THE PRESIDENT'S REELECTION CAMPAIGN is getting a big boost from a Christian group that has enlisted dozens of entertainers on its behalf to convince young evangelicals to vote.
The group, Redeem the Vote, functions as the Christian community's alternative to MTV's secular Rock the Vote initiative that spurred many young voters to the polls in 1992. Back then, 18 percent of Bill Clinton's 43 percent of the vote came from people between 18 and 35-years-old. Exit polling showed a significant portion of that was a result of Rock the Vote.
"We're doing the same thing to involve evangelical young people," Redeem the Vote founder Randy Brinson says.
The organization is touring battleground states like Ohio, Pennsylvania, Wisconsin, and Florida with Christian rock groups, who put on concerts featuring individual bands and two- and three-day long multi-band music festivals or "Christian Woodstocks," like the Lifeline music festival in Wisconsin and Celebrate Freedom in Dallas, Texas.
Before registration deadlines passed, performers implored concert attendees to stop by voter registration booths set up at the concert venues. Now, the emphasis is on encouraging them to cast their ballots 12 days from now.
Tour stops are not only in states with coveted electoral votes--there are concerts planned in states that are not as hotly contested, like Tennessee, New Jersey, and New York, where higher voter numbers can help the candidates in the popular vote.
Sixty-thousand to 100,000 people have attended each of the music festivals, with a few thousand going to the smaller ones, and about 30,000 have registered to vote. Another 40,000 have signed up on Redeem the Vote's website. The numbers are significant, especially after the 2000 election when dozens of electoral votes came down to just a few hundred ballots in places like Florida and New Mexico.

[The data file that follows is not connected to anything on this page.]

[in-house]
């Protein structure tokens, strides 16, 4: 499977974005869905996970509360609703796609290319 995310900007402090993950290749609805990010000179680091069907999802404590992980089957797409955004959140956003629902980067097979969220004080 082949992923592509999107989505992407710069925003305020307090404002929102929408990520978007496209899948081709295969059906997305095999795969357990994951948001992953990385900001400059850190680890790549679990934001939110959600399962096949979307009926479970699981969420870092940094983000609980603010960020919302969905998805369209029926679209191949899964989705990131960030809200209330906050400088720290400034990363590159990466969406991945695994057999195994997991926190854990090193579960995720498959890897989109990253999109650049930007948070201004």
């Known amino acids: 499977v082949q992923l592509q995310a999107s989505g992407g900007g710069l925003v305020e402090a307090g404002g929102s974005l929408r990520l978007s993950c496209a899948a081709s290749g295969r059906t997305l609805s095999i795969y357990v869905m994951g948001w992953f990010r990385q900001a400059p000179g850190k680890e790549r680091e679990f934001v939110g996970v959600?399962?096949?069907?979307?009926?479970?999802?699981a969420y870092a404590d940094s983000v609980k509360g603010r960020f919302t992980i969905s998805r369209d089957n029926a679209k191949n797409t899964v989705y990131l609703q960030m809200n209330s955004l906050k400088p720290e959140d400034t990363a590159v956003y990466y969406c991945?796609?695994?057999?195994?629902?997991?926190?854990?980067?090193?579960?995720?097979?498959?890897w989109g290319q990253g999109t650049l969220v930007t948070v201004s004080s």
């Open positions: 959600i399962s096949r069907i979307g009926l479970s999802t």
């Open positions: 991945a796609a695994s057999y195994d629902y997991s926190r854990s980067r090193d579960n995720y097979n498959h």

Redeem the Vote has also persuaded Jim Caviezel, who played Jesus in Mel Gibson's The Passion of The Christ, to appear in a webcast, entreating all Christians to vote. The actor never explicitly endorses the president, but in the webcast he reminds viewers that Bush shares their opposition to abortion, same-sex marriage, and judicial activism.
"In this election year Americans are faced with some of the most important issues in the history of our country," Caviezel says. "In order to preserve the God-given freedoms we hold dear, it's important that we let our voices be heard."
Caviezel's message has been disseminated to 20,000 churches and in millions of emails Redeem the Vote is sending to evangelical Christians, whose information was obtained from the marketing firms responsible for making The Passion a box-office smash. The response so far has been overwhelming Brinson says. "People are getting in touch with us and asking us how they can get it for their church."
The group bills itself as nonpartisan though and doesn't advise people how to vote, although the moral issues they say should be considered align more closely with the president's positions.
Bush strategist Karl Rove has long contended that Bush would have won the popular vote if 4 million Christians had shown up at the polls four years ago. Republicans traditionally capture 70 percent to 80 percent of the evangelical vote.
Brinson says he sees a parallel between the evangelical vote and the African-American vote. "The two parties have these huge voting blocs that seem to be monolithic, but are very diverse," he said. "For years the Republican party wrote off African-Americans because they weren't able to make inroads with them, while the Democrats took them for granted. I see that with the evangelicals. Republicans have been taking them for granted, while the Democrats have written them off."
His group is hoping to change that pattern on November 2.
Rachel DiCarlo is an editorial assistant at The Weekly Standard.